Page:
The way parking permits operate could change for good in Reading as the council has begun a trial into making them digital.

In August, the council ran a consultation into making parking permits paperless by introducing digital permits.

The digital permits work by registering a number plate to a parking zone, that is added to a database, allowing parking enforcement officers to quickly check whether a car is parked in the right place or not.

Now the council has decided to launch a trial for digital parking permits in Caversham.

The trial will take place in parking zone 02R in Lower Caversham.

The zone covers King’s Road, Queens Road and Coldicutt Street in the area, with the trial beginning this month.

Reading Chronicle: Caversham Parking Zone 02R, involved in the pilot scheme for digital parking permits in Reading. Credit: Reading Borough CouncilCaversham Parking Zone 02R, involved in the pilot scheme for digital parking permits in Reading. Credit: Reading Borough Council

If successful, the digital parking permits could be rolled out throughout Reading.

At a recent meeting, Tony Page lead councillor for transport (Labour, Abbey) said: “Whilst we in principle are committed to a wider expansion, we will treat this trial very seriously.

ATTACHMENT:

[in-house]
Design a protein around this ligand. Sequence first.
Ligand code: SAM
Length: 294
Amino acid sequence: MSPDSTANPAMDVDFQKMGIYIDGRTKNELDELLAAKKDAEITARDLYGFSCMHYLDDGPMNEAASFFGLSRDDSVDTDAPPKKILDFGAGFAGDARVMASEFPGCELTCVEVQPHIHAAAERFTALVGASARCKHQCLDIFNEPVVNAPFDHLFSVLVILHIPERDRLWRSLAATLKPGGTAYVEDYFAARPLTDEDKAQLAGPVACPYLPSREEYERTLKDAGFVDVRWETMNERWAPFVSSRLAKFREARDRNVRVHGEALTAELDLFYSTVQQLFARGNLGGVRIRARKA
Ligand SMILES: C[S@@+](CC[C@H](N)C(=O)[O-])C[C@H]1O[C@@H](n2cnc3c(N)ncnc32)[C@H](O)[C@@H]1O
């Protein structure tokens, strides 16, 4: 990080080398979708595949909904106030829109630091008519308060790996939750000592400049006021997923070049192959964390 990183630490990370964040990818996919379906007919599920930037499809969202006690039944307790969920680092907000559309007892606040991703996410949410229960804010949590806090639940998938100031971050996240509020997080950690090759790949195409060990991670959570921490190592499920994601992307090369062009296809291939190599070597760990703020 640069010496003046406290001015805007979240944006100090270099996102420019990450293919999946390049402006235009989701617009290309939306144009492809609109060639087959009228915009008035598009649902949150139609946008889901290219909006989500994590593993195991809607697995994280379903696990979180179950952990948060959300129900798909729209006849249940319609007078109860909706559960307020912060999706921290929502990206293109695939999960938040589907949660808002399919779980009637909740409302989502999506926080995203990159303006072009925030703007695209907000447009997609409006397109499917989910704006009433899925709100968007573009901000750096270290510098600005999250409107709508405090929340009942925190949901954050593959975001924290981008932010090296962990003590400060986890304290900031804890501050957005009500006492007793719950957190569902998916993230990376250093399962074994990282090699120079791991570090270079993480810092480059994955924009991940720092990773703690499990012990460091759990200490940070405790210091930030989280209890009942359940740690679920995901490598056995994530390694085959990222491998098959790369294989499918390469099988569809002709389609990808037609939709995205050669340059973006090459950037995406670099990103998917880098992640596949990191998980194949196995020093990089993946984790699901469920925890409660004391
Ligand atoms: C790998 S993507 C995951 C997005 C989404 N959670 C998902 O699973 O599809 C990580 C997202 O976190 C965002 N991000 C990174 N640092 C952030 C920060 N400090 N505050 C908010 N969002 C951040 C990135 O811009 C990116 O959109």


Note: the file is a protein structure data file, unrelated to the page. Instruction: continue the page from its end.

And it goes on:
“We will evaluate the comments and the experience, and we will build on the lessons learnt locally as well as those in other authorities.”

Digital parking permits have been used for a number of years in London Boroughs and other cities and towns outside the capital.

The digital permits allow visitors to park by the hour.

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The results of the trial will be considered by the council’s traffic management sub committee in 2023.

There are lingering concerns about parking provision for people who are ‘offline’.

People are able to access parking permits offline by asking for a application form from the council, which can then be sent back for the permit to be approved and dispatched by post.

Few people in parking zone 02R are offline.

From October 2021 to April this year, 451 parking permits were issued and only five of these were offline applications.

Out of 582 residents visitors permits applied for in that time, only 14 were offline.

Cllr Page said: “We are proceeding cautiously, because anything involving IT is something that needs to be treated cautiously.

“Particularly old Luddites such as myself take a bit more convincing than some of the youngsters.

“Nonetheless, there are clearly benefits to be had, but they’re also clearly issues that we need to ensure don’t deprive less literate, less IT versed members of the public from the service that we’re offering.”

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During the trial, residents will only be able to apply for permits online.

The council will provide support to anyone who is struggling to apply, with its enforcement officers deployed to the area to reassure neighbours that their digital passes are being regularly checked.

More information about the scheme is available at 

The decision to begin the trial was unanimously agreed by the council’s  traffic management sub committee on Wednesday, September 14.